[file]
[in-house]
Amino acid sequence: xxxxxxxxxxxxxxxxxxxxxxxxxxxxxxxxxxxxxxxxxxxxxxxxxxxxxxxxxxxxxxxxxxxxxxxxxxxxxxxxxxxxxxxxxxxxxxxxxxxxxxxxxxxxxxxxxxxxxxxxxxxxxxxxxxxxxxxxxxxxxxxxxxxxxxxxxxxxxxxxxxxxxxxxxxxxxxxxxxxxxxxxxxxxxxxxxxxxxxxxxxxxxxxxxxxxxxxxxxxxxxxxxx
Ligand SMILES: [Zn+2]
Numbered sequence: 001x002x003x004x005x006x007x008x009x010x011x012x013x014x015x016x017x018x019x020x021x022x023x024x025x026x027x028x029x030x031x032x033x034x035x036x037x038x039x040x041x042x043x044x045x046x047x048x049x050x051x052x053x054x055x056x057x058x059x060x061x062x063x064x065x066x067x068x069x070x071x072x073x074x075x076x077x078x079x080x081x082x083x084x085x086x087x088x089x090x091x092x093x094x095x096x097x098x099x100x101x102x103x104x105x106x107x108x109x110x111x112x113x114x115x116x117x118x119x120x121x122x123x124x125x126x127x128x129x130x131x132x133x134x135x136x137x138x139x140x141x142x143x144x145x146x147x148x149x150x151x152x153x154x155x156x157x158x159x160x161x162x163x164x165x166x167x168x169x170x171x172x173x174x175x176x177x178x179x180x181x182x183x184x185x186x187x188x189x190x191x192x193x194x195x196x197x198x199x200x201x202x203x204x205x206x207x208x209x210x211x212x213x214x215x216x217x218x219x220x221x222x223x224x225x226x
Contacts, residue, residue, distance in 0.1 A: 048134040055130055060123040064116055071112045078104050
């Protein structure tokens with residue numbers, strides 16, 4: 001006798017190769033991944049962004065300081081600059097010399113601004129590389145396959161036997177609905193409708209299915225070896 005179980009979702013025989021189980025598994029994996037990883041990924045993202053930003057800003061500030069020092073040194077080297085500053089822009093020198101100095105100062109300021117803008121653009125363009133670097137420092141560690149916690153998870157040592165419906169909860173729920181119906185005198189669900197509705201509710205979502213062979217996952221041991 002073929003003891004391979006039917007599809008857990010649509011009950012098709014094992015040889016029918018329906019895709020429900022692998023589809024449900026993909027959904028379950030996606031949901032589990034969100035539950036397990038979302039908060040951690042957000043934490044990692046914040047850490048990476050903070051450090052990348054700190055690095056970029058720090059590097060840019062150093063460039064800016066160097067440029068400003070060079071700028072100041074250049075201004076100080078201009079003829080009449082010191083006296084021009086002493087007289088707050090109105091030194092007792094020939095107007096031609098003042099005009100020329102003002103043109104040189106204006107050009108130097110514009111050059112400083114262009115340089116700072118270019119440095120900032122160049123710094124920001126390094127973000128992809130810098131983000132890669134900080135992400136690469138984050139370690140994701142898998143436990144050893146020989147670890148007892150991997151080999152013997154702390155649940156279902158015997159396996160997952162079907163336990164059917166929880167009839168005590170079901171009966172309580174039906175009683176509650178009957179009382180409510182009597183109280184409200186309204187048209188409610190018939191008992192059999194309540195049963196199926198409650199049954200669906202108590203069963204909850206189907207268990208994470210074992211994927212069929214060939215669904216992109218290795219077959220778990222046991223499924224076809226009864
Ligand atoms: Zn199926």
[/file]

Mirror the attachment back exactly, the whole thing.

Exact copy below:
[in-house]
Amino acid sequence: xxxxxxxxxxxxxxxxxxxxxxxxxxxxxxxxxxxxxxxxxxxxxxxxxxxxxxxxxxxxxxxxxxxxxxxxxxxxxxxxxxxxxxxxxxxxxxxxxxxxxxxxxxxxxxxxxxxxxxxxxxxxxxxxxxxxxxxxxxxxxxxxxxxxxxxxxxxxxxxxxxxxxxxxxxxxxxxxxxxxxxxxxxxxxxxxxxxxxxxxxxxxxxxxxxxxxxxxxxxxxxxxxx
Ligand SMILES: [Zn+2]
Numbered sequence: 001x002x003x004x005x006x007x008x009x010x011x012x013x014x015x016x017x018x019x020x021x022x023x024x025x026x027x028x029x030x031x032x033x034x035x036x037x038x039x040x041x042x043x044x045x046x047x048x049x050x051x052x053x054x055x056x057x058x059x060x061x062x063x064x065x066x067x068x069x070x071x072x073x074x075x076x077x078x079x080x081x082x083x084x085x086x087x088x089x090x091x092x093x094x095x096x097x098x099x100x101x102x103x104x105x106x107x108x109x110x111x112x113x114x115x116x117x118x119x120x121x122x123x124x125x126x127x128x129x130x131x132x133x134x135x136x137x138x139x140x141x142x143x144x145x146x147x148x149x150x151x152x153x154x155x156x157x158x159x160x161x162x163x164x165x166x167x168x169x170x171x172x173x174x175x176x177x178x179x180x181x182x183x184x185x186x187x188x189x190x191x192x193x194x195x196x197x198x199x200x201x202x203x204x205x206x207x208x209x210x211x212x213x214x215x216x217x218x219x220x221x222x223x224x225x226x
Contacts, residue, residue, distance in 0.1 A: 048134040055130055060123040064116055071112045078104050
């Protein structure tokens with residue numbers, strides 16, 4: 001006798017190769033991944049962004065300081081600059097010399113601004129590389145396959161036997177609905193409708209299915225070896 005179980009979702013025989021189980025598994029994996037990883041990924045993202053930003057800003061500030069020092073040194077080297085500053089822009093020198101100095105100062109300021117803008121653009125363009133670097137420092141560690149916690153998870157040592165419906169909860173729920181119906185005198189669900197509705201509710205979502213062979217996952221041991 002073929003003891004391979006039917007599809008857990010649509011009950012098709014094992015040889016029918018329906019895709020429900022692998023589809024449900026993909027959904028379950030996606031949901032589990034969100035539950036397990038979302039908060040951690042957000043934490044990692046914040047850490048990476050903070051450090052990348054700190055690095056970029058720090059590097060840019062150093063460039064800016066160097067440029068400003070060079071700028072100041074250049075201004076100080078201009079003829080009449082010191083006296084021009086002493087007289088707050090109105091030194092007792094020939095107007096031609098003042099005009100020329102003002103043109104040189106204006107050009108130097110514009111050059112400083114262009115340089116700072118270019119440095120900032122160049123710094124920001126390094127973000128992809130810098131983000132890669134900080135992400136690469138984050139370690140994701142898998143436990144050893146020989147670890148007892150991997151080999152013997154702390155649940156279902158015997159396996160997952162079907163336990164059917166929880167009839168005590170079901171009966172309580174039906175009683176509650178009957179009382180409510182009597183109280184409200186309204187048209188409610190018939191008992192059999194309540195049963196199926198409650199049954200669906202108590203069963204909850206189907207268990208994470210074992211994927212069929214060939215669904216992109218290795219077959220778990222046991223499924224076809226009864
Ligand atoms: Zn199926």